Toyota has confirmed its new Yaris Hybrid will cost from £19,910 in the UK. Available to order now, first deliveries of the fourth generation of the Japanese brand’s supermini are scheduled for September. All new Yaris models will come with Toyota’s five-year, 100,000-mile warranty.
It’s also the first model to be built on the TNGA GA-B platform, a downsized version of the same chassis components which have already proved successful on the Corolla and RAV4.
The new Yaris, which is set to challenge the Ford Fiesta, also bucks something of a current trend: it’s actually shorter than its predecessor, now measuring 3940mm long. It’s also 40mm lower in height, wider by 50mm, and there’s an extra 57mm in the track, which helps add to the car’s overall low, wide and powerful stance.
The GA-B chassis offers scope for shorter overhangs — 10mm has been taken from the front, and 50mm from the rear — so the new car’s wheelbase is actually 50mm longer than the outgoing car’s. The result is also a tight 5.2-metre turning circle, ideal for negotiating cramped urban streets and tight parking spaces.
The new Yaris is also predicted to deliver a significantly improved ride, particularly on the UK’s many pock-marked urban roads. This, Toyota says, has been achieved by a number of technical improvements, including a bodyshell which is considerably more rigid than that of its predecessor, plus a stiffer torsion beam than before and the car’s front MacPherson struts being more in line with the springs, thus reducing friction. Phew! Right … let’s continue.
Across the new Yaris range, there’s only one powerplant: a 114bhp 1.5-litre, three-cylinder hybrid powertrain. Toyota says this setup will allow the car to run for up to 80 per cent of its time around town on electricity alone.
As for performance: it’ll cover 0-62mph in 9.7 seconds, and carry on to a max of 109mph. And when it comes to economy, the new Yaris Hybrid returns 65.7mpg to 68.9mpg under the tougher, more realistic WLTP efficiency tests. And depending on its model spec, expect CO2 emissions of between 92g/km and 98g/km.
Buyers in the UK will be able to choose from four trim levels. The entry-level Icon (£19,910) includes a seven-inch infotainment system with with Apple CarPlay and Android Auto, auto headlights and wipers, a reversing camera, electrically adjustable side mirrors, electric front windows, air conditioning, and 16-inch alloys.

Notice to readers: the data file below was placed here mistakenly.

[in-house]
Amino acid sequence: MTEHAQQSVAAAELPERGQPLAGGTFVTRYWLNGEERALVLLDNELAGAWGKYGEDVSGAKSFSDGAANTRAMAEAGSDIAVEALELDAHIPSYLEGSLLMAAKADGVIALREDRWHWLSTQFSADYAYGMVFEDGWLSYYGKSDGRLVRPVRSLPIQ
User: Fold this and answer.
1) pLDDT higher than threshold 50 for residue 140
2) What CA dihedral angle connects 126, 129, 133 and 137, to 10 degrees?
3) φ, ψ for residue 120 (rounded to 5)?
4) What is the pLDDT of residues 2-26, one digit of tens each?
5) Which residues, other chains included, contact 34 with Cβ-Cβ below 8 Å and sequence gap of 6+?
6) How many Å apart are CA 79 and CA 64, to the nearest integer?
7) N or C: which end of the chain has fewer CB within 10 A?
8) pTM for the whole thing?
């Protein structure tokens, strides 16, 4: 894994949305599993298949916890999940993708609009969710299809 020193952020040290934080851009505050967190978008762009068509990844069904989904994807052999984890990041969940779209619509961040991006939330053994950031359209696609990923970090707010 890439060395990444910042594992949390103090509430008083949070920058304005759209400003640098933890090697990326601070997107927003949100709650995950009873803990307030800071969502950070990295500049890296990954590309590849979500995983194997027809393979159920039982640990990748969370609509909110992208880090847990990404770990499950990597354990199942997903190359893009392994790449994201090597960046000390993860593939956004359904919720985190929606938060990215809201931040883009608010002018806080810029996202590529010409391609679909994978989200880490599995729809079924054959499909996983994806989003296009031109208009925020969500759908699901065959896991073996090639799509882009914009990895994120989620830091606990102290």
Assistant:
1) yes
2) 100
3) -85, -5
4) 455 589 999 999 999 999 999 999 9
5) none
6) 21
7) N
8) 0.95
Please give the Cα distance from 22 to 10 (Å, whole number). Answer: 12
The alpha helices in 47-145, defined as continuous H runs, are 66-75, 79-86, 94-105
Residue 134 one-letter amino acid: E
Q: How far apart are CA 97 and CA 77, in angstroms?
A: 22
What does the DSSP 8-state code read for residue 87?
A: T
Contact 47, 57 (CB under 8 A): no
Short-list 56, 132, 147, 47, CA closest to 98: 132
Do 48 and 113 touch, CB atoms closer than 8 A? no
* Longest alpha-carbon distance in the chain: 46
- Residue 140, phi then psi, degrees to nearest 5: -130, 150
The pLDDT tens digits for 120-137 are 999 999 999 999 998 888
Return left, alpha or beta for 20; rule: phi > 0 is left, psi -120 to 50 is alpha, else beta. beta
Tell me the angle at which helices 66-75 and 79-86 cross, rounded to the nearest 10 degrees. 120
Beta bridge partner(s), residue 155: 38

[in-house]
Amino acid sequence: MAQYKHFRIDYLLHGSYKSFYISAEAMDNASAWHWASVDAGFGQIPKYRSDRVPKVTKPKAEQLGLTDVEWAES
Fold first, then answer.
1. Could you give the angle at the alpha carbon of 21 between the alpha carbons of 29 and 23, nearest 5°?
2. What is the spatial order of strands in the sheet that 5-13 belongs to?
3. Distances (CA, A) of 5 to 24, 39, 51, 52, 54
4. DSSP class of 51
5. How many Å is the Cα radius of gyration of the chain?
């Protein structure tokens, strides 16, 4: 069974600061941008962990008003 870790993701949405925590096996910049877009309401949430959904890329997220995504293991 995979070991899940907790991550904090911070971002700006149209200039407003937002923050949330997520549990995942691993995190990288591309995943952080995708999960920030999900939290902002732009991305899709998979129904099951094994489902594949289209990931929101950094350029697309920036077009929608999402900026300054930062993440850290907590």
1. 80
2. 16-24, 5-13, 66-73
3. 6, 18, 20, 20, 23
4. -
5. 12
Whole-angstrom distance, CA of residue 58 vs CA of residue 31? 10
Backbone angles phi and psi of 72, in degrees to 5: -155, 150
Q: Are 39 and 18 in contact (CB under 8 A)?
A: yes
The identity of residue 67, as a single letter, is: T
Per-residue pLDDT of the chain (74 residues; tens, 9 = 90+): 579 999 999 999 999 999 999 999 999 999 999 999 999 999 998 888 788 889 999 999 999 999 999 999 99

Next up is the Design (£20,970), which adds an eight-inch infotainment display, electric rear windows, rear privacy glass, the option of a panoramic roof, LED headlights and tail-lights, and a different design of 16-inch alloys.
Dynamic (£21,920) builds on the Design spec with front sports seats with part-synthetic leather upholstery, a JBL eight-speaker audio system, keyless entry and push-button start, dual-zone air-con, and 17-inch alloys. Also available on this trim is the optional City Pack (£750). This adds front and rear parking sensors with auto braking, auto-folding side mirrors, and blind-spot monitoring.
The range-topping Excel (£22,220) adds rear parking sensors with auto-braking to prevent parking impacts, blind-spot monitoring and auto-folding side mirror. This version can be ordered with the optional Tech Pack (£825). This includes a 10-inch full-colour head-up display, an auto-dimming rear-view mirror and the eight-speaker JBL sound system.
As seems to be the case with so many new models nowadays, Toyota will also have a Launch Edition of the Yaris Hybrid. Priced at £24,005, it includes a two-tone paint finish in Tokyo Fusion Red and Eclipse Black Pearlescent, blue ambient lighting in the cabin, plus the 10-inch colour head-up display and auto-dimming rear-view mirror.
Next year the range will be further supplemented by the Yaris Cross, a taller and wider compact SUV. Based on the new Yaris Hybrid, it promises to offer the option of an all-wheel drive version. It’s likely to go head-to-head with the likes of the VW T-Cross, Nissan Juke and Renault Captur.